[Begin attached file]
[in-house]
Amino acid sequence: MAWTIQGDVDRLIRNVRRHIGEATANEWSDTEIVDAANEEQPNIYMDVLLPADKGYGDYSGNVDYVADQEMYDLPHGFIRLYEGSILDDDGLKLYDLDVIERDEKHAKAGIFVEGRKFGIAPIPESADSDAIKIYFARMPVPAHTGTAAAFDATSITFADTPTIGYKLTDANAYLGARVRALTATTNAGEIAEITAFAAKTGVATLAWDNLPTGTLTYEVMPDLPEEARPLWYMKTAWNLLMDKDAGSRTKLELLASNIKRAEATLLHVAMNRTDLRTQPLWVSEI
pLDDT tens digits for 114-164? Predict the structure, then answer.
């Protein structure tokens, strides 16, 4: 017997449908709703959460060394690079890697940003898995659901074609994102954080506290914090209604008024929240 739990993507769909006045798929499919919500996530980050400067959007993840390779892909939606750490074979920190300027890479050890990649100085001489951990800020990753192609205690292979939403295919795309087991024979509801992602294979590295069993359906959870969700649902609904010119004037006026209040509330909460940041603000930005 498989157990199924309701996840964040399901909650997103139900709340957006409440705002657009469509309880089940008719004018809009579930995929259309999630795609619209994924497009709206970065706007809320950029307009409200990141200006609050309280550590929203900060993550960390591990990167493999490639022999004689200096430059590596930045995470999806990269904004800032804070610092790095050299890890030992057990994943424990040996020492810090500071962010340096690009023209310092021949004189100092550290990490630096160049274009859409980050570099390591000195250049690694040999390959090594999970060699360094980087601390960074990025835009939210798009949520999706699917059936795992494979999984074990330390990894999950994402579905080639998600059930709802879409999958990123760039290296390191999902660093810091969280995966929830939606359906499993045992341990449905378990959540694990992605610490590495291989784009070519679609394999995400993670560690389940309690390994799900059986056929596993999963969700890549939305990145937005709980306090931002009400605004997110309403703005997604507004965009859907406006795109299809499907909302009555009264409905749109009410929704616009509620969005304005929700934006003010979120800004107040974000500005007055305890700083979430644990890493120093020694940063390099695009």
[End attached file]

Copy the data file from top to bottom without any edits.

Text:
[in-house]
Amino acid sequence: MAWTIQGDVDRLIRNVRRHIGEATANEWSDTEIVDAANEEQPNIYMDVLLPADKGYGDYSGNVDYVADQEMYDLPHGFIRLYEGSILDDDGLKLYDLDVIERDEKHAKAGIFVEGRKFGIAPIPESADSDAIKIYFARMPVPAHTGTAAAFDATSITFADTPTIGYKLTDANAYLGARVRALTATTNAGEIAEITAFAAKTGVATLAWDNLPTGTLTYEVMPDLPEEARPLWYMKTAWNLLMDKDAGSRTKLELLASNIKRAEATLLHVAMNRTDLRTQPLWVSEI
pLDDT tens digits for 114-164? Predict the structure, then answer.
């Protein structure tokens, strides 16, 4: 017997449908709703959460060394690079890697940003898995659901074609994102954080506290914090209604008024929240 739990993507769909006045798929499919919500996530980050400067959007993840390779892909939606750490074979920190300027890479050890990649100085001489951990800020990753192609205690292979939403295919795309087991024979509801992602294979590295069993359906959870969700649902609904010119004037006026209040509330909460940041603000930005 498989157990199924309701996840964040399901909650997103139900709340957006409440705002657009469509309880089940008719004018809009579930995929259309999630795609619209994924497009709206970065706007809320950029307009409200990141200006609050309280550590929203900060993550960390591990990167493999490639022999004689200096430059590596930045995470999806990269904004800032804070610092790095050299890890030992057990994943424990040996020492810090500071962010340096690009023209310092021949004189100092550290990490630096160049274009859409980050570099390591000195250049690694040999390959090594999970060699360094980087601390960074990025835009939210798009949520999706699917059936795992494979999984074990330390990894999950994402579905080639998600059930709802879409999958990123760039290296390191999902660093810091969280995966929830939606359906499993045992341990449905378990959540694990992605610490590495291989784009070519679609394999995400993670560690389940309690390994799900059986056929596993999963969700890549939305990145937005709980306090931002009400605004997110309403703005997604507004965009859907406006795109299809499907909302009555009264409905749109009410929704616009509620969005304005929700934006003010979120800004107040974000500005007055305890700083979430644990890493120093020694940063390099695009």